The island was stunning, you could walk around it in about 7 minutes and across it in about 2! It was paradise. We spent just two nights on the island, snorkelling, kayaking and relaxing, it was stunning.
After beachcomber we again got on the boat and headed 3 hours north towards the Yasawa Group of islands. I fell asleep on the boat on the way there and suddenly felt Sophie shaking me to wake me up. Still half asleep she said, ‘I don’t want to alarm you, but I think the boat is on fire’. I woke up fully looked around and the whole bottom cabin was full of smoke, not what you want to see! Oddly the crew seemed to be acting calmly like there was no reason to panic. I on the other land was looking for which island looked closest and started to think ‘what would Tom Hanks do?’ Thankfully it was our time to get off the boat and onto a smaller on to take us to our Island. As we did step off the smoke was really getting thick. The boat however was still deemed sea worthy and continued on its journey. We learnt later that it was the AC unit which had actually caught fire.
If beachcomber was paradise then Mantaray Island was a different gear all together. From the boat the beach looked beautiful, the resort itself was hidden away out of sight from the sea, it just looked perfect. Surrounded my hills and coconut trees, it seemed to offer a lot more than Beachcomber did. We spent 3 nights here exploring the island and taking up all the activities.
Mantaray was also to be where we wold do our final dive on the trip, and what a dive it would turn out to be. Unfortunately we were out of season for the amazing Manta’s which visit these shores but the diving was amazing none the less. I know from reading surfing stories that have come out of Fiji that the islands have a large population of sharks, namely Bull and Tiger Sharks. Apart from the White Pointer, a Tiger Shark is the last thing you want to see in the water. Because of this I was a little weary about diving in Fiji but excited none the less.
On the morning of the dive however I did have a strange feeling. Not a feeling of fear more a feeling that something wasn’t quite right. The spider sense was tingling! Despite that I carried on as normal, setting up all my gear and we headed out to our dive site. We which the drop point after about 15 minutes and the sea was quite choppy. We all suited up and bailed off the back of the boat into the incredible blue Pacific waters. It was immediately amazing. We were diving off a stunning fan coral wall which seemed to go down for miles. The fan coral was enormous, some of them over 4 or 5 metres long, they were beautiful. We were swimming along the wall and the guide was pointing out a colourful little Nudibranch on the wall. As he was doing so I noticed something move quickly out of the corner of my eye.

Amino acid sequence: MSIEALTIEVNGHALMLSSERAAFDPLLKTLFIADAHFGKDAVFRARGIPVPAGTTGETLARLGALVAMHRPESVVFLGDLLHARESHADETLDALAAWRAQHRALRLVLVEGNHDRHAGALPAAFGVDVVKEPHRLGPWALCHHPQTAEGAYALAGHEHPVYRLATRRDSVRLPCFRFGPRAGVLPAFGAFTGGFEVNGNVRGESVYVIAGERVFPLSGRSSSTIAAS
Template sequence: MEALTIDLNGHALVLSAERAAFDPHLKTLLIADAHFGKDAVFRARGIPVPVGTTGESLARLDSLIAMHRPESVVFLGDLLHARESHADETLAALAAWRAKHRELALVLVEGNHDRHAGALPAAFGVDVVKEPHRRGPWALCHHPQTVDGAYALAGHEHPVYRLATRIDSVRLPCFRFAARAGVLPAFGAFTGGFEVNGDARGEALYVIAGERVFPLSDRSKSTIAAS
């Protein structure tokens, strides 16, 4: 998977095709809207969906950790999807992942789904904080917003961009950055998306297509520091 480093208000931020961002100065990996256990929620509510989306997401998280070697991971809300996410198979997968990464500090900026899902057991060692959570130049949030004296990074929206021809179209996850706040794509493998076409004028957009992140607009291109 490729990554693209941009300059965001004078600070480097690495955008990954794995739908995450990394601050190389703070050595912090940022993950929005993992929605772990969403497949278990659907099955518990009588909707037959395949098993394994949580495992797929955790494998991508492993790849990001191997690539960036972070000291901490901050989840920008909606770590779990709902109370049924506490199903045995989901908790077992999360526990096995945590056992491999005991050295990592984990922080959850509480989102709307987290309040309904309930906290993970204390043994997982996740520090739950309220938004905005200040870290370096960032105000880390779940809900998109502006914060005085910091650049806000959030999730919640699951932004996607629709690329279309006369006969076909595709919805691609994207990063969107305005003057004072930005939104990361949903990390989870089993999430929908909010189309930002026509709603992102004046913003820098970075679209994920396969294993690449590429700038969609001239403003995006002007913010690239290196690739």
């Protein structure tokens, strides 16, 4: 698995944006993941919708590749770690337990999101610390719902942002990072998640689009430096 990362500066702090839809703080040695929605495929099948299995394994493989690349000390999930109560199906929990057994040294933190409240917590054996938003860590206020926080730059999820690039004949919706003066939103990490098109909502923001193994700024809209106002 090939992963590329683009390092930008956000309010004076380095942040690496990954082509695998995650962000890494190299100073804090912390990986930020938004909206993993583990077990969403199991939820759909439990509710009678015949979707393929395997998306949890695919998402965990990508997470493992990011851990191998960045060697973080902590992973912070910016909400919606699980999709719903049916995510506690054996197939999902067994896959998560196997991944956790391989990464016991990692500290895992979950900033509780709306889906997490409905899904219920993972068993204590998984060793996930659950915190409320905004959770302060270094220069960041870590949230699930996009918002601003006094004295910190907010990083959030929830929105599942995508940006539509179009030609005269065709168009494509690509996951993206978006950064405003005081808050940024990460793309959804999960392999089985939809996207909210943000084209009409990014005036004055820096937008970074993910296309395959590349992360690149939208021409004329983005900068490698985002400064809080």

On this trip while diving I have seen lots of sharks, namely just Black and White Tip Reef sharks. These are usually pretty small at a metre or so in length and are fairly harmless. However what moved just to the right of me seemed a little different. I turned around and saw a large 2 metre Grey Reef Shark cruising around just below us. At this point it was only myself and Sophie who had seen it and we were desperately trying to get the others attention so they could see and to be aware of it. I love sharks, I think they are amazing creatures however they do scare me, and this was a proper shark, one of which are well known for being curious about divers. The others eventually saw it and the shark began to display a very aggressive behaviour. It was going back and forth beneath us and repeating circles. the fins at its side we pointed backwards in an attacking stance and it kept making short and very quick darts towards us, it was beginning to get rather scary. Sophie thought that the best place to be would be next to the guide has he may know how to deal with the situation. Once she got next to him however she noticed that the guide was in fact holding a very large knife in his had. This was not looking good. I on the other hand thought the best place to be would be close to the wall with by back against it so I’d always be facing the shark. This started off being a good plan, before I got to close to the wall, bashed my foot on the wall and it cut it open. So now I was swimming around bleeding everywhere with a massive hungry shark swimming beneath me. This officially wasn’t going well. Luckily after a little while the shark seemed to get bored and eventually swam off. A few minutes later we begun to make our ascent back to the surface. Once on the surface waiting for the boat to arrive, everyone started enthusiastically talking about the amazing shark we had just seen and how close it it got. I remember saying ‘this is a great conversation and that was an amazing experience but we’re not out of the water yet and I’m bleeding all over the place, anyone fancy getting in the boat!’
It was a fantastic dive and although it was quite scary for a minute of too, it was brilliant to see a large shark like that up close and without bars. Quite the adrenaline rush.
After just 3 nights however our time on the island was up and we were headed back to Nadi for our last night before catching an early flight over to Melbourne. Fiji was absolutely perfect, everything I had imagined and more. The islands are breath taking and the people are some of the friendliest I have met on the trip. They welcome you as if you are their own family. As we left Mantaray they all sang us the song of Isa Lei, wishing us safe travels and hoping we don’t forget them when we are far away. That’s one thing I can promise. My time in Fiji will never be forgotten.